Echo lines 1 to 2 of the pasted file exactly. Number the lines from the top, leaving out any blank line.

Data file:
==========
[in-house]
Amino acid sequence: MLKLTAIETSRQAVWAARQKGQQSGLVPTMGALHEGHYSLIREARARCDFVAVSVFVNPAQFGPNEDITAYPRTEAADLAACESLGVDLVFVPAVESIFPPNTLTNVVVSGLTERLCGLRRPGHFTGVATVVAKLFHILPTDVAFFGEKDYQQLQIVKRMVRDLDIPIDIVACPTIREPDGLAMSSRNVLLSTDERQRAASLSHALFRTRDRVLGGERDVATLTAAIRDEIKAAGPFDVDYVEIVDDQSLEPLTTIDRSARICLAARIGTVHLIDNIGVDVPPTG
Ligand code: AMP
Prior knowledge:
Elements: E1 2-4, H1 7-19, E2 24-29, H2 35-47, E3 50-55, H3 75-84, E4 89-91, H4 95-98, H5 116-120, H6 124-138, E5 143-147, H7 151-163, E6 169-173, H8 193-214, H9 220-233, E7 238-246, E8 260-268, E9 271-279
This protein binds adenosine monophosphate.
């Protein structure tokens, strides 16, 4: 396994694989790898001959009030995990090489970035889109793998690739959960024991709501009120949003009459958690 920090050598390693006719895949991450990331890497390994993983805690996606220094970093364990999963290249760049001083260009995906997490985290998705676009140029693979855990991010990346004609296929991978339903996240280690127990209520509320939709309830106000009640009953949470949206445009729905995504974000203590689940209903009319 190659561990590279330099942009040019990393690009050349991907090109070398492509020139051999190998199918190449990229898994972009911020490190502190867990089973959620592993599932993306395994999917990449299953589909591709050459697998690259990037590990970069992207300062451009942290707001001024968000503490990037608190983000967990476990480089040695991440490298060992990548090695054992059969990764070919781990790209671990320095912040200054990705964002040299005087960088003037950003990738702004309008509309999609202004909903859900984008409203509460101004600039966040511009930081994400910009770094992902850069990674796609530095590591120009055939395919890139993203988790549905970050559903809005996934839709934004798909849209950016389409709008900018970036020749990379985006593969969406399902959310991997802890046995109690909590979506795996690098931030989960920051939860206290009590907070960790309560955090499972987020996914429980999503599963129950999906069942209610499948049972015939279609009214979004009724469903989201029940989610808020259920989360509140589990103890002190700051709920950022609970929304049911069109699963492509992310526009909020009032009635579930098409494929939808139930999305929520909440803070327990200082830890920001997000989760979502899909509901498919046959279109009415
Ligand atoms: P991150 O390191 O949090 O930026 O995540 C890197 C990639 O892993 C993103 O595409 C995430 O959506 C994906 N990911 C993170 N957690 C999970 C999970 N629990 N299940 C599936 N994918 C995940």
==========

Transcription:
[in-house]
Amino acid sequence: MLKLTAIETSRQAVWAARQKGQQSGLVPTMGALHEGHYSLIREARARCDFVAVSVFVNPAQFGPNEDITAYPRTEAADLAACESLGVDLVFVPAVESIFPPNTLTNVVVSGLTERLCGLRRPGHFTGVATVVAKLFHILPTDVAFFGEKDYQQLQIVKRMVRDLDIPIDIVACPTIREPDGLAMSSRNVLLSTDERQRAASLSHALFRTRDRVLGGERDVATLTAAIRDEIKAAGPFDVDYVEIVDDQSLEPLTTIDRSARICLAARIGTVHLIDNIGVDVPPTG